Cooking From The Gathering of Friends, Volume 1

The Gathering of Friends, Volume 1, is a cookbook that I will keep for many years to come.

I have been cooking a lot lately.  Maybe it is due to being home to avoid COVID, or maybe it is because I am just too tired to get out.  Whatever the reason, I have a good excuse for my COVID weight gain!

To pass the time, I thought it might be fun to work my way through some cookbooks.  I am not doing the Julie and Julia thing (cooking every recipe in a cookbook as Julie did with Julia Child’s cookbook), but I am testing some of the recipes that I have had my eye on!

I hope I am not alone in my enjoyment of reading recipes.  Many a good cookbook has been my late night reading, but not necessarily my kitchen cooking companion.  I tend to just search online for a recipe with great ratings.  Then I quickly lose the recipe, never to be made again.  Or mostly, I just make-up a recipe with what I have on hand.

My sister gave the cookbook, The Gathering of Friends, Volume 1, to me a few months ago.  It had some really interesting recipes that I wanted to try.  I also liked that it provided menus for meals or events, such as a cookie party, holiday dinner, dinner with friends, etc.  It also has great photography, so since we eat with our eyes as much as our mouths, I had to try out this book.

The recipes I tried were couscous shrimp; carrots and green beans; carrot puffs; chicken Angelina; wedge salad; mashed potatoes; and crab stuffed beef tenderloin.

The Couscous Shrimp Salad was good. Without the recipe book, I wouldn’t have thought to combine these ingredients.

 

We really enjoyed the Wedge Salad. I even got to use some of my homegrown tomatoes!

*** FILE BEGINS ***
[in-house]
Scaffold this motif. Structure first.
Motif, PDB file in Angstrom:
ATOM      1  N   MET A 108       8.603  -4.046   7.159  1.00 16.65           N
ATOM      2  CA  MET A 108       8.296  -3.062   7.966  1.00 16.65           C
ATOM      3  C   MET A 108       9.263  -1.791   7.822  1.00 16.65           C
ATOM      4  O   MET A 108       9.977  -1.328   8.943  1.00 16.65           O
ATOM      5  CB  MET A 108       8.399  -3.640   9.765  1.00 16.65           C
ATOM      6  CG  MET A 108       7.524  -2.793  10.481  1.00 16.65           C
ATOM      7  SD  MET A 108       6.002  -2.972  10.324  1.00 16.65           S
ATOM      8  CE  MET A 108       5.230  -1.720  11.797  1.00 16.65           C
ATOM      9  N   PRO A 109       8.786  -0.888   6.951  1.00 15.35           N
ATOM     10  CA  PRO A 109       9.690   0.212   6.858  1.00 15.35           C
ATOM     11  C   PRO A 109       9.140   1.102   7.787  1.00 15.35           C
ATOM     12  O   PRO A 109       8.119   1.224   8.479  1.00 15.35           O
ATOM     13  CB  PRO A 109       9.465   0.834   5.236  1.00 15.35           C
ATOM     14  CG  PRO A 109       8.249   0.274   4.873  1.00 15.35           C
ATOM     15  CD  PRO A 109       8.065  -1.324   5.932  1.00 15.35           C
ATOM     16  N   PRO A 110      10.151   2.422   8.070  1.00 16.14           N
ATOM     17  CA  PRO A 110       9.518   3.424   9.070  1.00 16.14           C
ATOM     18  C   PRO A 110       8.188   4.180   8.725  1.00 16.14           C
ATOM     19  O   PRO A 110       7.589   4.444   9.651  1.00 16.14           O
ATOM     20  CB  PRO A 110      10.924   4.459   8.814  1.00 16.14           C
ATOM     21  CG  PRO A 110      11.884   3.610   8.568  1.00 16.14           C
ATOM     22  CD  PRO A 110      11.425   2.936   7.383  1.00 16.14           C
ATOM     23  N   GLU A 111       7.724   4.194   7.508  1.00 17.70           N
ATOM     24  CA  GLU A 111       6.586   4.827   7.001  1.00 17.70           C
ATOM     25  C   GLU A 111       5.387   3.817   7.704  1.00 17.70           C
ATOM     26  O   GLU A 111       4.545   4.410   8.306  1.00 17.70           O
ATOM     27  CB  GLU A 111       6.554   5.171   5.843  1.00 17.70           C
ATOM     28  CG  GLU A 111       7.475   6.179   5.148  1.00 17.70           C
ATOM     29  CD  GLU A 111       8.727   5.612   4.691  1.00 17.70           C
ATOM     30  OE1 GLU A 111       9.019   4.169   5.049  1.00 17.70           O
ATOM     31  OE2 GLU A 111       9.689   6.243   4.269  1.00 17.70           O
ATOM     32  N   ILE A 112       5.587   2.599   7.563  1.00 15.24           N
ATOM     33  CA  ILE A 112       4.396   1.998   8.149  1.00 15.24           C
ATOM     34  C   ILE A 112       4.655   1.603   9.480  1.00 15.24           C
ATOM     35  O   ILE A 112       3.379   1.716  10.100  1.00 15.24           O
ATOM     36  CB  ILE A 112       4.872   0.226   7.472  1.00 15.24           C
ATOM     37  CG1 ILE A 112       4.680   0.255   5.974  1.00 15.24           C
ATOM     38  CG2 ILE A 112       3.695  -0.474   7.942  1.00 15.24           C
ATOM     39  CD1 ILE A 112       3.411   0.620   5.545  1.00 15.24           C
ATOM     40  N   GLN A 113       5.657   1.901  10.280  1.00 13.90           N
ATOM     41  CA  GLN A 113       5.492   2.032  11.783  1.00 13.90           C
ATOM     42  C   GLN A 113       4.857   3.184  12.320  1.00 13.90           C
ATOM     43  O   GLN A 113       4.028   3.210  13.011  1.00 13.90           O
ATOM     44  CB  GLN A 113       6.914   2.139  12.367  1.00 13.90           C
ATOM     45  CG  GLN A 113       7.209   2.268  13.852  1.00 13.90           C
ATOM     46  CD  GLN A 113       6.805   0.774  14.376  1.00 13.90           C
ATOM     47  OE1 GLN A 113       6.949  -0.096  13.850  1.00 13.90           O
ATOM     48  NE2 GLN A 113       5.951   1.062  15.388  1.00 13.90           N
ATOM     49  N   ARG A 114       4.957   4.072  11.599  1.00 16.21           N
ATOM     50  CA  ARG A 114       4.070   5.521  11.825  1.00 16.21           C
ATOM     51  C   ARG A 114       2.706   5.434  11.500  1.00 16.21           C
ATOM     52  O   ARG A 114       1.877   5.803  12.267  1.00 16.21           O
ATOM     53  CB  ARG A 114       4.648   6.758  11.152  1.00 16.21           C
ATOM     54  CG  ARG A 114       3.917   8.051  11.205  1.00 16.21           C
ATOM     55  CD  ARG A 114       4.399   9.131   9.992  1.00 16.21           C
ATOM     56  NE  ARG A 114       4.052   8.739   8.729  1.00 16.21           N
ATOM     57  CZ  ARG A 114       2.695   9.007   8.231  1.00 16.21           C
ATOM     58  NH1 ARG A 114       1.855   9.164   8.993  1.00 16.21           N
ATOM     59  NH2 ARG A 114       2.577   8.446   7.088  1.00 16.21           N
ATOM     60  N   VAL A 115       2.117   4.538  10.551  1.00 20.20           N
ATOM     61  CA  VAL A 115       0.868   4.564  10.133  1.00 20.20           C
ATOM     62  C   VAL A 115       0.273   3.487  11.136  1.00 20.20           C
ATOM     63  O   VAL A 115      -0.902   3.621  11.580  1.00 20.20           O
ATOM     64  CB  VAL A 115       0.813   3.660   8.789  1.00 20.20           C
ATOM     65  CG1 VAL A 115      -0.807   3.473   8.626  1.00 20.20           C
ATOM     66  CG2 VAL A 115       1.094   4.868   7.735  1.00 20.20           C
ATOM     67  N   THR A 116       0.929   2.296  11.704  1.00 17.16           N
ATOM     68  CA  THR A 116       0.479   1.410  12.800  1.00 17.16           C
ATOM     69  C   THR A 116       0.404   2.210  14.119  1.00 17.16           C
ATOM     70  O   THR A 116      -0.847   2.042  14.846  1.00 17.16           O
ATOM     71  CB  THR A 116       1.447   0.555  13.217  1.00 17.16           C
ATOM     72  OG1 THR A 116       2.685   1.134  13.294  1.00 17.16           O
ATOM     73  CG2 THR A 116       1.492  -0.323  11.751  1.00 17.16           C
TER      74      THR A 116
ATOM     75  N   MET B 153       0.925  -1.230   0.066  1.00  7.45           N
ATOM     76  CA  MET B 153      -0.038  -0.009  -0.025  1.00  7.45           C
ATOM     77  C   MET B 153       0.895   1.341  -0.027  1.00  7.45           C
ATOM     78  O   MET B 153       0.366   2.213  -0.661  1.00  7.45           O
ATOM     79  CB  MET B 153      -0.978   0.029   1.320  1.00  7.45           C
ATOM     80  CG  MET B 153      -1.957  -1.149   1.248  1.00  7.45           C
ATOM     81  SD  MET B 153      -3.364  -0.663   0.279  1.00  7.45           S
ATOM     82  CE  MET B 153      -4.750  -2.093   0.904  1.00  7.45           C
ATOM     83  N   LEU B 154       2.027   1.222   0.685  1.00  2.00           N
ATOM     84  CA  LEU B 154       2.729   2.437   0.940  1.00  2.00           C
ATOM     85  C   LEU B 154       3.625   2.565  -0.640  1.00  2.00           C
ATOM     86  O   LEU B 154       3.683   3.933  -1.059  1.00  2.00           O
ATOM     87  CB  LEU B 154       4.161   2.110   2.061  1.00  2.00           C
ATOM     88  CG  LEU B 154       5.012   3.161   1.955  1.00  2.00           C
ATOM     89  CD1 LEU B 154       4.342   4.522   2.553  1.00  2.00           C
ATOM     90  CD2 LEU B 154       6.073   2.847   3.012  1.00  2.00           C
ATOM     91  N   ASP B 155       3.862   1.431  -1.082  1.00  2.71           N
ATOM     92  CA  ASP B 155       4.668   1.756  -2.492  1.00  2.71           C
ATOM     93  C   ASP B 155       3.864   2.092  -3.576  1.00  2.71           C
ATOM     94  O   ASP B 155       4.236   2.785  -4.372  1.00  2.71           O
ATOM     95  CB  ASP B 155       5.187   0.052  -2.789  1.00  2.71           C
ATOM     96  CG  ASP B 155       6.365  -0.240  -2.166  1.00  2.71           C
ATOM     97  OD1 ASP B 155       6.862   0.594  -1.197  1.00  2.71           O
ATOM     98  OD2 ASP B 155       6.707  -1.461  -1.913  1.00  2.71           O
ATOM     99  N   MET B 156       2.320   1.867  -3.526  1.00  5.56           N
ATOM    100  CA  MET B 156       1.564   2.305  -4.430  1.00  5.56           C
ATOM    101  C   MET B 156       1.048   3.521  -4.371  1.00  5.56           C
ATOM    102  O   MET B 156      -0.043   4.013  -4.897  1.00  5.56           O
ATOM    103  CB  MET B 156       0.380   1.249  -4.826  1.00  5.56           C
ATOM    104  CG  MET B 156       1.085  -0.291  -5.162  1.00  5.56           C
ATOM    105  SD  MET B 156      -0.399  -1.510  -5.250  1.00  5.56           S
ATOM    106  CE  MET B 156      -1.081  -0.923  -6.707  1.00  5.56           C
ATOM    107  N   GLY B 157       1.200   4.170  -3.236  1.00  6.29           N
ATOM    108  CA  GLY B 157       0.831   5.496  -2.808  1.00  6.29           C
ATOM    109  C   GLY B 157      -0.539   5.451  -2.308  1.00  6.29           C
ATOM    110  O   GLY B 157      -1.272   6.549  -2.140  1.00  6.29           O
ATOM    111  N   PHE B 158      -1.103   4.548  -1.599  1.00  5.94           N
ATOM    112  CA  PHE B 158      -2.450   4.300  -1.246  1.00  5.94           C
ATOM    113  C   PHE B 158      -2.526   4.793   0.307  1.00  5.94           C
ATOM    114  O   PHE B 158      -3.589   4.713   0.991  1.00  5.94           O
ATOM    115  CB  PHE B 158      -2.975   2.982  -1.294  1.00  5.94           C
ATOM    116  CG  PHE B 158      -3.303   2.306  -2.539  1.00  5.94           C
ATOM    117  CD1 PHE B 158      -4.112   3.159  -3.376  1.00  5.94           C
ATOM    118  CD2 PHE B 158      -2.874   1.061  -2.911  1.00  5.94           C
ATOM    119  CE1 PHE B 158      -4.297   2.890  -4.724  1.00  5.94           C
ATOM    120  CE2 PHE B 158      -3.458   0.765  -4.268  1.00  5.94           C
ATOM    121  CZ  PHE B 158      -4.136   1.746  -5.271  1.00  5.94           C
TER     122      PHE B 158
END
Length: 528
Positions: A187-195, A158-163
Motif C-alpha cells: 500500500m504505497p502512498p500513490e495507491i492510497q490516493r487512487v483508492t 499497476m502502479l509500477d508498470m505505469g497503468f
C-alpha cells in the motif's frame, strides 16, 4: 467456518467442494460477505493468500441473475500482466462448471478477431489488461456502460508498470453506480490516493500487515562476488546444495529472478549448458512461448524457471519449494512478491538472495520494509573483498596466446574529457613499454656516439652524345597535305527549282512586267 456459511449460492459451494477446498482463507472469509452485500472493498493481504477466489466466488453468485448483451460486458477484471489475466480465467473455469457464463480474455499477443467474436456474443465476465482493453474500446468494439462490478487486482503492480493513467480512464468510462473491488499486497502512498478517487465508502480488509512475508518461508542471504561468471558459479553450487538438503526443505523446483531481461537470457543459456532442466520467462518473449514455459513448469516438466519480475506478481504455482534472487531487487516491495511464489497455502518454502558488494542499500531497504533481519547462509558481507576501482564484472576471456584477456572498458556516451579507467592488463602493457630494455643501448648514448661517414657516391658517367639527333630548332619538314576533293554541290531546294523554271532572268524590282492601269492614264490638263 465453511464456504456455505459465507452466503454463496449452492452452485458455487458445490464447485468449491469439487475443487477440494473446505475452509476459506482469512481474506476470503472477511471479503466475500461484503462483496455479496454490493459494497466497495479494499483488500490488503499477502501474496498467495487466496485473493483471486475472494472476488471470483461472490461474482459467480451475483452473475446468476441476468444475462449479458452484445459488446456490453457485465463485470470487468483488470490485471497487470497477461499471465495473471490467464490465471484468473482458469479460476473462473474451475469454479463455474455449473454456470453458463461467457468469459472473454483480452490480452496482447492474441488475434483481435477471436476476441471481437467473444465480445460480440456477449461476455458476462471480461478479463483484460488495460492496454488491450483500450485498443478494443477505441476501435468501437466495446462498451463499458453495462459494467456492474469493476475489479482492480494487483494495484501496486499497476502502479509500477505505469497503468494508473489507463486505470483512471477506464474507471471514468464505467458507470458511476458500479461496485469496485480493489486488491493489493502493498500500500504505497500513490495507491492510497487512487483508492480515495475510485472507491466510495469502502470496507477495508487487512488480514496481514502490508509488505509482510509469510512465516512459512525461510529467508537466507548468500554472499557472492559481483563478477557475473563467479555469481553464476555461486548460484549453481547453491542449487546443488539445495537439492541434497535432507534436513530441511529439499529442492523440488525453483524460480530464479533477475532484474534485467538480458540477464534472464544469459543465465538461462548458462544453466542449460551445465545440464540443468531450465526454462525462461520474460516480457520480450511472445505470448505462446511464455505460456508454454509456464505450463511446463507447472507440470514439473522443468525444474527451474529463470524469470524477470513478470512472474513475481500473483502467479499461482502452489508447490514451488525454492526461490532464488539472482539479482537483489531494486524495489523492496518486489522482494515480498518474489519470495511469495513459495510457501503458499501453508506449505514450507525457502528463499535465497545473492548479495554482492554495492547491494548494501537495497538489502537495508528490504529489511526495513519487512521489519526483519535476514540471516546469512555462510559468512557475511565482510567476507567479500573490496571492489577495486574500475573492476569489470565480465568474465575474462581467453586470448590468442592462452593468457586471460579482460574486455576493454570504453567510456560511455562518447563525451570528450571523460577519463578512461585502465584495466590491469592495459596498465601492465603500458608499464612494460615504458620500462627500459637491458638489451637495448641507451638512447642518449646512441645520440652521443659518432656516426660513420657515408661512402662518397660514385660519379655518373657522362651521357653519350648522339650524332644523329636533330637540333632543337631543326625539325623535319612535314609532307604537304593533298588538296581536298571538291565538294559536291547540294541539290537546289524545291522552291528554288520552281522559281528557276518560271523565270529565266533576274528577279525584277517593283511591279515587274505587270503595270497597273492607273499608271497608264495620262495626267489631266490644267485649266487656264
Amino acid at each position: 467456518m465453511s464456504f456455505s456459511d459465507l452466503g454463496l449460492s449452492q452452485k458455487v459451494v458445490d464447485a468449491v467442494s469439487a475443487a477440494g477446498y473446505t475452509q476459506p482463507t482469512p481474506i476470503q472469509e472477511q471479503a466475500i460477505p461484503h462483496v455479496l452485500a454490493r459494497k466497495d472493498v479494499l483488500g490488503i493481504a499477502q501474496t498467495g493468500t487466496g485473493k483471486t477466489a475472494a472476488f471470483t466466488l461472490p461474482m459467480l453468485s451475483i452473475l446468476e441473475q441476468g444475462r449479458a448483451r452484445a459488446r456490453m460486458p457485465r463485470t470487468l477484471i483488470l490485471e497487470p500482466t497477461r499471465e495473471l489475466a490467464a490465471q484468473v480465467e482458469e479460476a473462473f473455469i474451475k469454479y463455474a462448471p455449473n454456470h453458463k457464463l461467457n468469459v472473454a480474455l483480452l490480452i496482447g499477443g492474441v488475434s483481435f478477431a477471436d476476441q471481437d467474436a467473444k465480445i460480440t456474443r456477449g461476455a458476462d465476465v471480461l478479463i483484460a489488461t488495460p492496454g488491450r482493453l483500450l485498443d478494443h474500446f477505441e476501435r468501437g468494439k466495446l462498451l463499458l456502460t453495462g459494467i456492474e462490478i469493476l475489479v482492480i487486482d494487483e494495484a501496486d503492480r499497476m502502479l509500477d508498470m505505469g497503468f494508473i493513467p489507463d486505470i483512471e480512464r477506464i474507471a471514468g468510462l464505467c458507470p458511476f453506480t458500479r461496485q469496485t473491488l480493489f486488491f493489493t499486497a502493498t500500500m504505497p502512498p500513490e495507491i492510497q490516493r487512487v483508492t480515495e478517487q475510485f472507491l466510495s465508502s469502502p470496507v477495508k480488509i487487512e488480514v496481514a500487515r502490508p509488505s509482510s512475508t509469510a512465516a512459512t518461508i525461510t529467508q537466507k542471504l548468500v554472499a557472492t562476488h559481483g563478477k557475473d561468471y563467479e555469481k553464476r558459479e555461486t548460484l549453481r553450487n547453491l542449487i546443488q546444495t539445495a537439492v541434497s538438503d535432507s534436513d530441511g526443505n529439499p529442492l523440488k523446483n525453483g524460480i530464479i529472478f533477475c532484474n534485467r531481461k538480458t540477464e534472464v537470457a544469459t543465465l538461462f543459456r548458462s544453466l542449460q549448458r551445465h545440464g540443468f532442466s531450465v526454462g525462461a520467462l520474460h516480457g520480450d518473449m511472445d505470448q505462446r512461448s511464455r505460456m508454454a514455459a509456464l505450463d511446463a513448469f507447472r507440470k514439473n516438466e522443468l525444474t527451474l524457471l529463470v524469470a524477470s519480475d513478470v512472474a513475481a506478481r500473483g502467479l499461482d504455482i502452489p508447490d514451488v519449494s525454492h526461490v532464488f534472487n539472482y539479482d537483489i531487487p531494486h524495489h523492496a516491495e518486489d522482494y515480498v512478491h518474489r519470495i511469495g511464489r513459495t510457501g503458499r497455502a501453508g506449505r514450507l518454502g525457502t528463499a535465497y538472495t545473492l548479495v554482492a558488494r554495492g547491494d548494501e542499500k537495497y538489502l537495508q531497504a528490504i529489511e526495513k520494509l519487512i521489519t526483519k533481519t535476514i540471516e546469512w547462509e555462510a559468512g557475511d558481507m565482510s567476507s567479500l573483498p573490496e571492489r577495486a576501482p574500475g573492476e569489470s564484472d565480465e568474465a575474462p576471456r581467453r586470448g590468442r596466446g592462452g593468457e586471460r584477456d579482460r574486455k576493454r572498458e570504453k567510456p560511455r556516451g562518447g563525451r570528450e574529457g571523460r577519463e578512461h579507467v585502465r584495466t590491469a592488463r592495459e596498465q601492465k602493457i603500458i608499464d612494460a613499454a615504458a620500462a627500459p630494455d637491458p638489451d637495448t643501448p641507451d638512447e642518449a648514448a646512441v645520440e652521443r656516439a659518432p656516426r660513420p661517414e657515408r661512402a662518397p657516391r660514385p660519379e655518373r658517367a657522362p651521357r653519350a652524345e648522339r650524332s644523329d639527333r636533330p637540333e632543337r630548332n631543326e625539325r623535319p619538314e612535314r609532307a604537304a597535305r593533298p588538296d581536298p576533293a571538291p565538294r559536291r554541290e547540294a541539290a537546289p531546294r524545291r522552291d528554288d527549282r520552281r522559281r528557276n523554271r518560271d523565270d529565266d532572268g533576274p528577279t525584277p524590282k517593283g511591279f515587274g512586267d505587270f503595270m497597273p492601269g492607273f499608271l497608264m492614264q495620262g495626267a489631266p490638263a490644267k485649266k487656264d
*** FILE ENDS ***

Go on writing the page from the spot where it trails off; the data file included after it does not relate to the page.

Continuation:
The Carrot Puffs were good. I like the presentation of the little muffin-shapes, and the flavor was tasty.

 

The Crab Stuffed Beef Tenderloin was a hit with us as well. It wasn’t difficult to prepare.
Crab Stuffed Beef Tenderloin waiting to be cooked.

We really enjoyed all the recipes.  And it did inspire me to try some different menus.  The only constructive feedback for improvement that I might provide would be to watch for typos, such as page 106:  “coat chicken in flower….”  Or using a comma instead of a period, spacing issues, etc.  I found it odd to go to all the trouble to produce a beautiful, high quality book, but to overlook the detail of proofing.

The other issue is that, in some recipes, you need to fill in some details.  For example, the Carrot Puff recipe says to sauté the carrots in a saucepan, but it doesn’t state what type of fat to use, nor is there an indication in the ingredients listing.  For most of us, we would just sauté the carrots in whatever fat we want, but for a new cook or one that tries to follow recipes exactly, it might be a problem.

In the Crab Stuffed Beef Tenderloin recipe, the ingredients list is brief:  beef tenderloin, fresh crab, and olive oil.  However, the directions say to brush the rolls with olive oil and sea salt and, once cooked, to garnish with rosemary.

None of these issues are likely to send a cook screaming from the kitchen, but they are details that seem incongruous to the lovely photos and well-planned menus.

I did order Volume 2, but I haven’t cooked any of the recipes yet.  I will let you know if there were improvements in the details.

 

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